Edit:  Oh yeah, Astronomik, IDAS sell clip-in filters that might fit your camera for light pollution at least that enhance contrast.  

 

Edit 2:  If you don't know already, https://www.blackwat...maging-toolbox/ can help frame out the images if you select your camera/lens combo.


Edited by RFtinkerer, 08 March 2021 - 12:25 PM.

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#7 rj144

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Posted 08 March 2021 - 10:21 AM

It helps to know where you are if you want to target now.

 

M31, for instance, is a good target but, for me, it's only out for less than half an hour after sunset now and you need hours on it so it's not a viable target for me right now.


Edited by rj144, 08 March 2021 - 10:22 AM.

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#8 Reece

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Posted 08 March 2021 - 10:03 PM

Thank you so much for all the suggestions! 

 

alphatripleplus, thank you so much for explaining the superiority of surface brightness versus apparent magnitude and your DSO suggestions.

 

RFtinkerer, thank you so much for all your suggested DSO and advice. 

 

@rj144, I live in Winnipeg, Manitoba, Canada. I am ideally looking for South-facing targets as I have a lot of neighbors in the Northern direction and am not sure what they may think of cameras pointed in their bedroom direction at night! That is something I should be able to verify in the Stellarium web app.


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#9 Benschop

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Posted 08 March 2021 - 10:21 PM

Generally speaking, emission nebulae are easier targets than galaxies. They also lend themselves to a duo-band filter, where you can collect data even in moderately moonlit or light polluted skies.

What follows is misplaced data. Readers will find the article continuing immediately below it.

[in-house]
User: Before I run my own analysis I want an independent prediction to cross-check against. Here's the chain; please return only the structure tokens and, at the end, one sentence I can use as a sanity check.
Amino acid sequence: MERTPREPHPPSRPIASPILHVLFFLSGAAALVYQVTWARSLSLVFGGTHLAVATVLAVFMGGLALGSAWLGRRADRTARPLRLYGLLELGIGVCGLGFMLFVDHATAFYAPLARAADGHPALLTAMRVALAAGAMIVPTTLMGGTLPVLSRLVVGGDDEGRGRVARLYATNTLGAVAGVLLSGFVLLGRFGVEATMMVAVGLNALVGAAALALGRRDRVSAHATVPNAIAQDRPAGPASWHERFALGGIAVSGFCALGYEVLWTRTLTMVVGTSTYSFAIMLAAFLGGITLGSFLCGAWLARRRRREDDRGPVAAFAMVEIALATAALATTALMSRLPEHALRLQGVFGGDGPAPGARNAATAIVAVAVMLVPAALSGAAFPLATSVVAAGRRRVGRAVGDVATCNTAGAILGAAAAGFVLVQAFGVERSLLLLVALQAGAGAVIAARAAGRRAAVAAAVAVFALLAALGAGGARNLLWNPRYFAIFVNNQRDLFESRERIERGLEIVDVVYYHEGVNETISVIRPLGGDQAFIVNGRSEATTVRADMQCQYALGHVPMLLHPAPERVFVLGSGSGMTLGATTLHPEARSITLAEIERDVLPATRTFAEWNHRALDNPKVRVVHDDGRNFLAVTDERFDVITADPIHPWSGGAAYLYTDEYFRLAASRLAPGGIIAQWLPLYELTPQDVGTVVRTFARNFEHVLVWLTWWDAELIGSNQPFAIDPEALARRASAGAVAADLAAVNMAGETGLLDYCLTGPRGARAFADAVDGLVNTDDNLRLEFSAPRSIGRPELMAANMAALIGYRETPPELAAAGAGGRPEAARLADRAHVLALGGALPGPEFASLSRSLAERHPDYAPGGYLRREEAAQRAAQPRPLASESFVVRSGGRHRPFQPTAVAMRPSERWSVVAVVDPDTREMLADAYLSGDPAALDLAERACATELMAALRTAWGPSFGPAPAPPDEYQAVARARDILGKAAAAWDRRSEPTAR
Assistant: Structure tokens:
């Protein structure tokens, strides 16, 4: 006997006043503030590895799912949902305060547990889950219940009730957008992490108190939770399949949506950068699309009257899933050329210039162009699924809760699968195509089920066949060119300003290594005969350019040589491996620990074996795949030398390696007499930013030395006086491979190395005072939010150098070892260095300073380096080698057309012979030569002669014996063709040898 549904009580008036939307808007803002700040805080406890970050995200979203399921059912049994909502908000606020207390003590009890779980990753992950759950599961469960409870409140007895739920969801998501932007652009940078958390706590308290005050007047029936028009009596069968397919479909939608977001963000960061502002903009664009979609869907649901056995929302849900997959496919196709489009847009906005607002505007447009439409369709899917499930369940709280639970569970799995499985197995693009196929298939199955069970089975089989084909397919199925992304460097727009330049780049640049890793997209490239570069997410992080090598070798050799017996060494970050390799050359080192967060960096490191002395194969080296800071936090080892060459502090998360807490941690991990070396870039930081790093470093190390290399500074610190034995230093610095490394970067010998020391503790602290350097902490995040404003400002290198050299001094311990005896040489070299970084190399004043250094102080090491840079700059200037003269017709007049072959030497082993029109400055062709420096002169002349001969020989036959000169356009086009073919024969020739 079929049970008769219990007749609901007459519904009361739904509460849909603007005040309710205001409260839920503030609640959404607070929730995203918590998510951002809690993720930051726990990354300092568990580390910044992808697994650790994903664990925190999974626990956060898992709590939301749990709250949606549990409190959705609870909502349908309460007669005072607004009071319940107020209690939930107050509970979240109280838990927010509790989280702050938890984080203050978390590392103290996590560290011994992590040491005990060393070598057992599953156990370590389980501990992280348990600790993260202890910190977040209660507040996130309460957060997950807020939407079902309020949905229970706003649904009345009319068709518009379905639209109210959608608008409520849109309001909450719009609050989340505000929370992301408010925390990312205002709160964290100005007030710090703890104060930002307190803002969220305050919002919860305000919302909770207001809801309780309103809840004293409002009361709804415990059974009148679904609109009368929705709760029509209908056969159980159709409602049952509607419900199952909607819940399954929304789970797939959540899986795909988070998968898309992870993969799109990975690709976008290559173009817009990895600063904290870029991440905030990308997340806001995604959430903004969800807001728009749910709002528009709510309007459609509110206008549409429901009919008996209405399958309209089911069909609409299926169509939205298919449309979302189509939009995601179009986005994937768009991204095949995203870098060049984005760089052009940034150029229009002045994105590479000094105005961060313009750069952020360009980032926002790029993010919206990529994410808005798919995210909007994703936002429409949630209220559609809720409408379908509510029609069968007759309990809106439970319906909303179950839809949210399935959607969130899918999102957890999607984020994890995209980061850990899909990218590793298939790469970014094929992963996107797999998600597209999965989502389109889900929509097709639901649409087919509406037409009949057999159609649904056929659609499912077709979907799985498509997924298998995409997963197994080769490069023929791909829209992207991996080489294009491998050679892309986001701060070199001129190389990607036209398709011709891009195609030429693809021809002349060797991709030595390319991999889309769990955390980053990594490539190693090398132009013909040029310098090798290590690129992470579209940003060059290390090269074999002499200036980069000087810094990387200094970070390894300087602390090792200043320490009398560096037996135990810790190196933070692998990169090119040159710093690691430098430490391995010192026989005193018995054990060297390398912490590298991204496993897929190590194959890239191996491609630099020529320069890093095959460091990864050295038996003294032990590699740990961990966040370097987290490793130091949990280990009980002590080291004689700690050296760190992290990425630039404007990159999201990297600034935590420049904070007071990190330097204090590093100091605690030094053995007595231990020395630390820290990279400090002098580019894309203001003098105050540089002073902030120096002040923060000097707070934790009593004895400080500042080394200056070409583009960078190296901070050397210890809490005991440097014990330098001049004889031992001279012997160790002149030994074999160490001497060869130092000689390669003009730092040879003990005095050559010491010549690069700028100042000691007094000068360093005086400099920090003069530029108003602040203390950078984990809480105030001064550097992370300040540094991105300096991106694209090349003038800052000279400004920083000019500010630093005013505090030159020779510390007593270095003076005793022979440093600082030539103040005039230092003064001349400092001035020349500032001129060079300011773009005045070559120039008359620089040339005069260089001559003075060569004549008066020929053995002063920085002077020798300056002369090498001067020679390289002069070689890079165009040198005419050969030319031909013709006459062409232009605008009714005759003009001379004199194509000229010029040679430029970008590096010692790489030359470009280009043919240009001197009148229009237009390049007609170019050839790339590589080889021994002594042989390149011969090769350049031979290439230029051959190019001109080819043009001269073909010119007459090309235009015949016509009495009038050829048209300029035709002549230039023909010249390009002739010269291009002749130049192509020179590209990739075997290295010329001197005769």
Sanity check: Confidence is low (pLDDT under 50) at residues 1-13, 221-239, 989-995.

As summer looms, M8 Lagoon, M17 Omega, M16 Eagle and M20 Trifid are all quite bright and relatively easy targets.

I would start with M16 and M17 as they will be higher in the sky. You can start getting data on these targets in early May, around 2AM, prior to the eastern sky brightening in dawn.

(If you are in a northerly clime, this also avoids the mosquitoes... as it is usually too cold for them at that time)

Then, as summer progresses, revisit the same targets earlier in the night, repeat the framing, add more data and keep refining the processing as you go.

 

In the same area of the sky, widefield imaging of the galactic core can be quite easy and rewarding for the beginner. 50mm to 80mm lens for example


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#10 MattZ40

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Posted 09 March 2021 - 10:59 AM

I'm not an expert or even a small fraction as knowledgeable of astronomy as many of the folks here so I struggled with the same topic - What's out there tonight that I can see (or image) from my location, taking into account the obstructions I have to deal with?

For the 'what's out there tonight' part I found this website to be priceless - https://telescopius....deep-sky/search

You can search by your location, time of night objects will be above a specific altitude, their magnitude, brightness, size, etc. Bookmark it after you put your parameters in and it'll do the same search every time you visit. Quick and easy.

Stellarium is a real helpful free program that helps to determine which of those objects you can see at a particular time from your location. I'm surrounded by obstructions, trees and a house, so I made a custom landscape of my location (it was surprisingly easy) and now I can tell exactly what time a given object will emerge from or be hidden by an obstruction.

Lastly, is it going to be worth going out tonight? Here's a sky conditions forecast website I've found to be pretty accurate. Find your location, bookmark it and check it before making plans for the night - http://www.cleardarksky.com/csk/

I hope these resources help you on your journey.


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#11 rimcrazy

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Posted 09 March 2021 - 11:17 AM

This is probably a good place to start.  


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#12 Starman609

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Posted 09 March 2021 - 02:41 PM

The following are larger/easier targets that are in season now in the US.

 

M45   Pleiades Cluster

IC 2177   Seagull Nebula

NGC 2237   Rosette Nebula

IC 410   Tadpoles Nebula

IC 434   Horse Head/Flame

IC 443   Jellyfish Nebula

NGC 2174   Monkey Head

NGC 2264   Cone Nebula

NGC 2359   Thor's Helmet

M81/M82   Bode's/Cigar Galaxies

Heart/Soul/Fishhead Nebulas